The 2019 Craig High School graduating class is a big one.
It took just one glance at the throng of blue-gowned graduates awaiting their processional entry into Monterey Stadium to make that judgment.
The two-row line of students stretched down a sidewalk Thursday night in Monterey Park, 500 feet west from the shadow of the stadium’s Wedeward-Fagerli press box all the way to Riverside Street, which abuts the mossy-green mudflats of the former Monterey lagoon.
“It’s a big class,” said Craig student Aaron Leverson, a runner-up at this spring's state track and field meet but the very last person in line to enter the stadium. He scanned all 447 of his classmates in front of him and waited for his sister to come to the back of the line to grab him for a quick selfie.
Craig High School Assistant Principal Shawn Kane said it was the largest graduating class Craig has seen since 1982—478 in all, though not all of them walked across the stage Thursday. The class was so large, Kane said, that the school allotted each student a six-person limit on family members they could invite to the graduation.
And for the first time Kane said he was aware of, the school issued tickets to the stadium grandstands to ensure the six-person allotment.
“People sort of had to pick and choose,” Kane said. “It’s just the hand you’re dealt when you’ve got a graduating class that big.”
One female Craig grad near the back of the line knew it. She said she drank two big lemonades at dinner, and she realized with six minutes to go before the procession that the nearest restroom was too far away.
“The next time I graduate from high school, I will not make this mistake again,” she said.
It could take the average person at least as long as it takes 448 graduates to file into Monterey Stadium before they could even hope to solve a Rubik’s Cube.
Not Craig valedictorian Ethan Thompson. He stood in line outside the stadium and torqued away at a Rubik’s Cube.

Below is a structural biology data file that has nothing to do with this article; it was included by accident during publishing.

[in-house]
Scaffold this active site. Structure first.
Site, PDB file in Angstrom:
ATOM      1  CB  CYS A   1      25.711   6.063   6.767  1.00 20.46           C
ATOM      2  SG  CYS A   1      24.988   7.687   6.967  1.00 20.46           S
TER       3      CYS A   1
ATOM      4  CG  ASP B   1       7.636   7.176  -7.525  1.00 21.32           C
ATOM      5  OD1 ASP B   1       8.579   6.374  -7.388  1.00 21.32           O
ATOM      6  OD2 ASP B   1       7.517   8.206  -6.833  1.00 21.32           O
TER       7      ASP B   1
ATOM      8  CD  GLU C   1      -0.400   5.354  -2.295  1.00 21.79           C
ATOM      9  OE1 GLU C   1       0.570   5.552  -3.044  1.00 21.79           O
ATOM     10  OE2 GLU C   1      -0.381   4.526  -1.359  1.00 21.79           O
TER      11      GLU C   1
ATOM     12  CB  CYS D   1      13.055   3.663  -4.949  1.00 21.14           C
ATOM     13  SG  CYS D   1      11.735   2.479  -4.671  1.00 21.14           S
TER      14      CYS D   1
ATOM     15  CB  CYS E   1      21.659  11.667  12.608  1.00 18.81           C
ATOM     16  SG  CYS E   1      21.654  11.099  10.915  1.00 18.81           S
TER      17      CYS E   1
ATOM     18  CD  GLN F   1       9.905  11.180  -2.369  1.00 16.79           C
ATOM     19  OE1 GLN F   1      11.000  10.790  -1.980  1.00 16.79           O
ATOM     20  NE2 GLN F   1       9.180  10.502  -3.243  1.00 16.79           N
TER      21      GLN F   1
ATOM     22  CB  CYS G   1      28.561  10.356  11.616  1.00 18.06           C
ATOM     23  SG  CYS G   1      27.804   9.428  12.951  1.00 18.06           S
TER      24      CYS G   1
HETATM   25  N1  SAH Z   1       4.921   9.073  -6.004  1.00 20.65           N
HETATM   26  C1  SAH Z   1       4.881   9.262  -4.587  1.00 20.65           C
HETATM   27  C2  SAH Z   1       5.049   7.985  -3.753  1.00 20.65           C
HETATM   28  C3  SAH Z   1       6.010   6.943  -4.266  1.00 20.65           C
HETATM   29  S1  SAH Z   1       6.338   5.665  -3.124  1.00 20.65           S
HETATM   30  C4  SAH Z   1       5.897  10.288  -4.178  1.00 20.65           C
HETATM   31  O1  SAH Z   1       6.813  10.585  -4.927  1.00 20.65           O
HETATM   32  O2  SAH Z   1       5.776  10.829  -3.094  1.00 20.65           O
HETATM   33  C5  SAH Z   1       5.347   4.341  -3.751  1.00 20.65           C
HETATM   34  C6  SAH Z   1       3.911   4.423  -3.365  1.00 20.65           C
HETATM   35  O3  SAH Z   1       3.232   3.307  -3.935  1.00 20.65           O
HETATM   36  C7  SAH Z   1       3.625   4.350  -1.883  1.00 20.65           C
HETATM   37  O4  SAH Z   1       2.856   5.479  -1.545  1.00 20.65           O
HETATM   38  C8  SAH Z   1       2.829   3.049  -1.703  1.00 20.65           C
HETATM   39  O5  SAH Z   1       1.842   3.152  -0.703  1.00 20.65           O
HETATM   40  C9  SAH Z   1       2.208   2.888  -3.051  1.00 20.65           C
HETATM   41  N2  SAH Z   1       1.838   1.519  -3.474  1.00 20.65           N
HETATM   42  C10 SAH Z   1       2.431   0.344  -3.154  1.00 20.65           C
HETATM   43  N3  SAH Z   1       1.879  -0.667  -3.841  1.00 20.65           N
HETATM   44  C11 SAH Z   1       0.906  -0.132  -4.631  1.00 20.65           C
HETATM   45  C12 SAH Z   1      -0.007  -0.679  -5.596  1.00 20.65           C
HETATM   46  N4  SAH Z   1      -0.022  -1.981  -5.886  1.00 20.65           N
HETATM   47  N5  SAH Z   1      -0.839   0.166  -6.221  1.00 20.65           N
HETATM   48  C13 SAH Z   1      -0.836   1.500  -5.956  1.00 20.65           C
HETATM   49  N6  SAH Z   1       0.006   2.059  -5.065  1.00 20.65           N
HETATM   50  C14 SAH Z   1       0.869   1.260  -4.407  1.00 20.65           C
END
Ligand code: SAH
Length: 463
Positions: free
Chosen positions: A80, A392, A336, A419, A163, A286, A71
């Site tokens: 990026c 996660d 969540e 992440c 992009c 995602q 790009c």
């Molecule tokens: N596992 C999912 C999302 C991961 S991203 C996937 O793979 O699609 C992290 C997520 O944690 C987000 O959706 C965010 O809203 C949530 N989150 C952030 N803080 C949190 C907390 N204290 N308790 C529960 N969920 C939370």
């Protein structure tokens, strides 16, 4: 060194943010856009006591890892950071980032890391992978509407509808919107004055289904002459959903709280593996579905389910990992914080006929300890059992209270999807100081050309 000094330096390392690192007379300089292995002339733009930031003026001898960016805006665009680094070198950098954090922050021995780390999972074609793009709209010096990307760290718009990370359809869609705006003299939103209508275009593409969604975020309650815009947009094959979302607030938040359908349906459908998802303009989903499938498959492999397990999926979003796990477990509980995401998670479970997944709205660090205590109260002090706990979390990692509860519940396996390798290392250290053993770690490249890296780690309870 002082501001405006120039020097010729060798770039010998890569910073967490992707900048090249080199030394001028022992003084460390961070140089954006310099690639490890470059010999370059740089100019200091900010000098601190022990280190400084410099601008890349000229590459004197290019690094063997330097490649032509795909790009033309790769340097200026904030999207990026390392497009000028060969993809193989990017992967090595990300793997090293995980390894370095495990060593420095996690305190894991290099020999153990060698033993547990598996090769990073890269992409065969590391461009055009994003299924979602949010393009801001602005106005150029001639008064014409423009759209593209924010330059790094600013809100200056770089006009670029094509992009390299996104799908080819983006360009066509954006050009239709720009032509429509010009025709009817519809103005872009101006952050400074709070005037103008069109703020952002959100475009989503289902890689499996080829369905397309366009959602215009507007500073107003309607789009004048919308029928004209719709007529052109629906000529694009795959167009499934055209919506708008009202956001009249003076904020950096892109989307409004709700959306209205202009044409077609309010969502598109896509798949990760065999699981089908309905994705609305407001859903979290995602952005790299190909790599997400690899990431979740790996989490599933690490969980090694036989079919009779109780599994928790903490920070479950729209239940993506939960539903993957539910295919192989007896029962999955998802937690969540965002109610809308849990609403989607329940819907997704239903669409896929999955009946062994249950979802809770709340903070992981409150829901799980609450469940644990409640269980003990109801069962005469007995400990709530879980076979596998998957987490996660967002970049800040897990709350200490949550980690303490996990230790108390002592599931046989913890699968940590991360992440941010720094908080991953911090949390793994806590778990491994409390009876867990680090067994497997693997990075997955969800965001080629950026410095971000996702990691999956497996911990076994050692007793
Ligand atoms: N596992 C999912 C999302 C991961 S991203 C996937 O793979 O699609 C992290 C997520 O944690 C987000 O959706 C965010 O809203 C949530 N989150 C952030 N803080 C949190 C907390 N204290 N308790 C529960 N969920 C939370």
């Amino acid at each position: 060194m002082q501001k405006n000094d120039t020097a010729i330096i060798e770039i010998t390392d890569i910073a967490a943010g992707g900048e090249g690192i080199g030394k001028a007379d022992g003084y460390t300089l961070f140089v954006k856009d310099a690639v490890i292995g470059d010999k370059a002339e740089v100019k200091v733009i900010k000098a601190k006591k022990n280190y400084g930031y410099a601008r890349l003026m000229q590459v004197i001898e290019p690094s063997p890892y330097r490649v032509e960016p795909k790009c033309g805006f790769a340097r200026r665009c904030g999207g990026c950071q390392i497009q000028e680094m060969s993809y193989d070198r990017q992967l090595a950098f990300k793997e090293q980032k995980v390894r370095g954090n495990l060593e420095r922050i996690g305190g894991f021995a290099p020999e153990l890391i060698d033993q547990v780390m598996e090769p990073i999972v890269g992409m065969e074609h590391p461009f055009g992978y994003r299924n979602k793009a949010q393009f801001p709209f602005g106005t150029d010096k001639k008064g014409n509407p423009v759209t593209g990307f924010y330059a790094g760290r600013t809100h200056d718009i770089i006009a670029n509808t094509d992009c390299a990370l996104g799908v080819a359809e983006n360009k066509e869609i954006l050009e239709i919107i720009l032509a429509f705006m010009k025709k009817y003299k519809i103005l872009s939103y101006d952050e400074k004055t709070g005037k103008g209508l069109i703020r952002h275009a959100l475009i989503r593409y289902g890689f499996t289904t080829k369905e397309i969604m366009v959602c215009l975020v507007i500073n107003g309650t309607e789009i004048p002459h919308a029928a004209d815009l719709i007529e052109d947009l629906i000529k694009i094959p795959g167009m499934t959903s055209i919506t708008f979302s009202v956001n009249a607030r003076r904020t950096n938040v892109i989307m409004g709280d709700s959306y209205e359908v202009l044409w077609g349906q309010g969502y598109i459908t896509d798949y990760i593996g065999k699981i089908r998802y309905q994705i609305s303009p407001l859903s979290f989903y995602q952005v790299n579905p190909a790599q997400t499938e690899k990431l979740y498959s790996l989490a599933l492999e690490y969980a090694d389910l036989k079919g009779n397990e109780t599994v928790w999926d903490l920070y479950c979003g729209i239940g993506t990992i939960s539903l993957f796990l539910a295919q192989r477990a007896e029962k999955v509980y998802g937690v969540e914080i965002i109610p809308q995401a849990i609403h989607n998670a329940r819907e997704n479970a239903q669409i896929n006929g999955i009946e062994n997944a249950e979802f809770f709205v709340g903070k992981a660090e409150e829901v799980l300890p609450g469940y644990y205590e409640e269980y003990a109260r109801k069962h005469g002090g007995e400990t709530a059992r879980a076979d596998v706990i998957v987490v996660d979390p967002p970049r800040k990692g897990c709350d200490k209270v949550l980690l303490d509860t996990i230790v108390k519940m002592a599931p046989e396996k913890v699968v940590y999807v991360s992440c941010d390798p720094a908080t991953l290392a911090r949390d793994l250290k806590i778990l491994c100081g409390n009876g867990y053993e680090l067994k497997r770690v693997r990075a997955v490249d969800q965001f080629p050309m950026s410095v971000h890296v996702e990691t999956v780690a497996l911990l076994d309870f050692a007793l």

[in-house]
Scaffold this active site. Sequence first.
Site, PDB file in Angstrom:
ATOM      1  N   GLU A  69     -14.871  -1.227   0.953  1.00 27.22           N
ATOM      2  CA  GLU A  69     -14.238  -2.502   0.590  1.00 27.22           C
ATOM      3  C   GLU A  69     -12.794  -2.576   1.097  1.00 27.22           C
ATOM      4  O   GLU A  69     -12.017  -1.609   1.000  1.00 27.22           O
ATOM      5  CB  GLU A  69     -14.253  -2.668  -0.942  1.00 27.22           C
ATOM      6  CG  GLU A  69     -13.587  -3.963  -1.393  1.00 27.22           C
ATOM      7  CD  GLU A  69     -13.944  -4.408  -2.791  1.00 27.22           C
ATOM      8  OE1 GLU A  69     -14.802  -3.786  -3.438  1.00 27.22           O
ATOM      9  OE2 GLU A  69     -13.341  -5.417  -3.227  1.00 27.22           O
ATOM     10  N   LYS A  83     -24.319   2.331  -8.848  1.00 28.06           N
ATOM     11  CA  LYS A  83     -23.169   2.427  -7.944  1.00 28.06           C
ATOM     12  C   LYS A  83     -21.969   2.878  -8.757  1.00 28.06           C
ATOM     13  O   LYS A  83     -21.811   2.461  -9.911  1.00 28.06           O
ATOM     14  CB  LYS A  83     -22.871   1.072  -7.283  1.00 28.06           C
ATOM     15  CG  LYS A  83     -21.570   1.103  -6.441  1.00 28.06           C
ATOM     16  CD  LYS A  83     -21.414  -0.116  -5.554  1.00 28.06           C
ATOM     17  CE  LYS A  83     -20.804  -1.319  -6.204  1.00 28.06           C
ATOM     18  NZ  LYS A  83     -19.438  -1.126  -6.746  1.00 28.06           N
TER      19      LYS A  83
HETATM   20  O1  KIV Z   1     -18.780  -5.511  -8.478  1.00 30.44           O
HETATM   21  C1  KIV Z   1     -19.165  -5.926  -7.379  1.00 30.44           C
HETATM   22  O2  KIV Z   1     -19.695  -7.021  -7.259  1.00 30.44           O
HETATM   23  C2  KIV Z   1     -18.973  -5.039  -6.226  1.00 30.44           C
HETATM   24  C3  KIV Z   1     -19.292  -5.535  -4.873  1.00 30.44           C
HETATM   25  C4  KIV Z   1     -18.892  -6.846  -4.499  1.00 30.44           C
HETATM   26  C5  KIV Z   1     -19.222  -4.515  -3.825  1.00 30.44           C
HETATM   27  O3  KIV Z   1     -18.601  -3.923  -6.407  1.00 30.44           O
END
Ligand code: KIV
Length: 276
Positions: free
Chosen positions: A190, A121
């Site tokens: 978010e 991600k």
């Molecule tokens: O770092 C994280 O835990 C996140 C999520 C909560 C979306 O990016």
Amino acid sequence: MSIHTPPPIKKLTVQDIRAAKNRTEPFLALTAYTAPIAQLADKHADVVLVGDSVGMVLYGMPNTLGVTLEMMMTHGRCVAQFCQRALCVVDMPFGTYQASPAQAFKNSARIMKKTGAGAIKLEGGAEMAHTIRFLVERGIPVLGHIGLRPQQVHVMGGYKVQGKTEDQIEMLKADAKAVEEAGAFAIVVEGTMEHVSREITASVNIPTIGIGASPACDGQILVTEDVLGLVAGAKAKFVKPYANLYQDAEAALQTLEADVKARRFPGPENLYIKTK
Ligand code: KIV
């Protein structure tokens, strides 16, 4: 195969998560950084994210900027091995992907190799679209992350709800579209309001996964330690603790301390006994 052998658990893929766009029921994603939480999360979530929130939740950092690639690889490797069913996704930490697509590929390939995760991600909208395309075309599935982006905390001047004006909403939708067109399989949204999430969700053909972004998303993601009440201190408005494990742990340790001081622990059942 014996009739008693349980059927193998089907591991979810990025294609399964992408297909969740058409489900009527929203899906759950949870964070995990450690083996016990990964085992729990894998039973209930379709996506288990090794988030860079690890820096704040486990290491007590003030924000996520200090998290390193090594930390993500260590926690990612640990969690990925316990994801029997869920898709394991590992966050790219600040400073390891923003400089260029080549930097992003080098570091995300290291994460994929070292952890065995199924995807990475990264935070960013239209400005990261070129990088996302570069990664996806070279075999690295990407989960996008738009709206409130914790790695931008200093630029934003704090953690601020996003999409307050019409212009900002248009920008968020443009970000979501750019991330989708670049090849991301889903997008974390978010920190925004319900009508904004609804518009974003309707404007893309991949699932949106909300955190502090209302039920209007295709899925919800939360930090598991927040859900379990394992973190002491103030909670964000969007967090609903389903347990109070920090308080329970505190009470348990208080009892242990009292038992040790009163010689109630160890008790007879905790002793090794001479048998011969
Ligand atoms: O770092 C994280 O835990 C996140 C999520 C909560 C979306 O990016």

He solved the puzzle, matching all the colors on each side in about 20 seconds. His record is 11.3 seconds. After graduation, Thompson plans to head to Los Angeles as a missionary and work with the Chinese population there. He said he’s got to have a Rubik’s Cube in his hand in order to feel calm.
The Chinese word for the Rubik’s Cube, Thompson said, is “mó fāng.”
The good wolf
While Thompson sought solace and calm in a Hungarian 3D puzzle, Craig Interim Principal Monte Phillips dipped into Cherokee lore to lay out a lesson on the internal human struggles we all face.
Phillips told of a young Cherokee boy talking to an elder. In the story, the elder tells the boy of the two existential “wolves” that live within us all: An evil wolf of selfishness, anger, bitterness and greed and a good wolf of kindness, humility, peace and compassion.
Which wolf in us shall prevail?
“The one you feed,” Phillips said.
Beauty, not Snapchat
Commencement speaker Ben Lippincott delivered his classmates a string of Romantic advice, some articulate and heartfelt words that hung in the calm, humid evening air as long-winged white pelicans spun under towering thunderheads banking up along the southern horizon.
“Our youth is fleeting, yet our youth is never gone,” Lippincott said, “but the moment, this moment … will always pass before you realize it. Focus on the here and now, and find beauty in everything you see.”
And in order to do that, commencement speaker Taylor Salmon said, her graduating class, 448 strong, must endeavor to embrace each other, eye to eye and face to face—something that's not always a given, Salmon said.
“We heard a lot this year to put the cellphone away,” Salmon said. “We must treasure memories, and those aren’t going to happen staring at a screen.”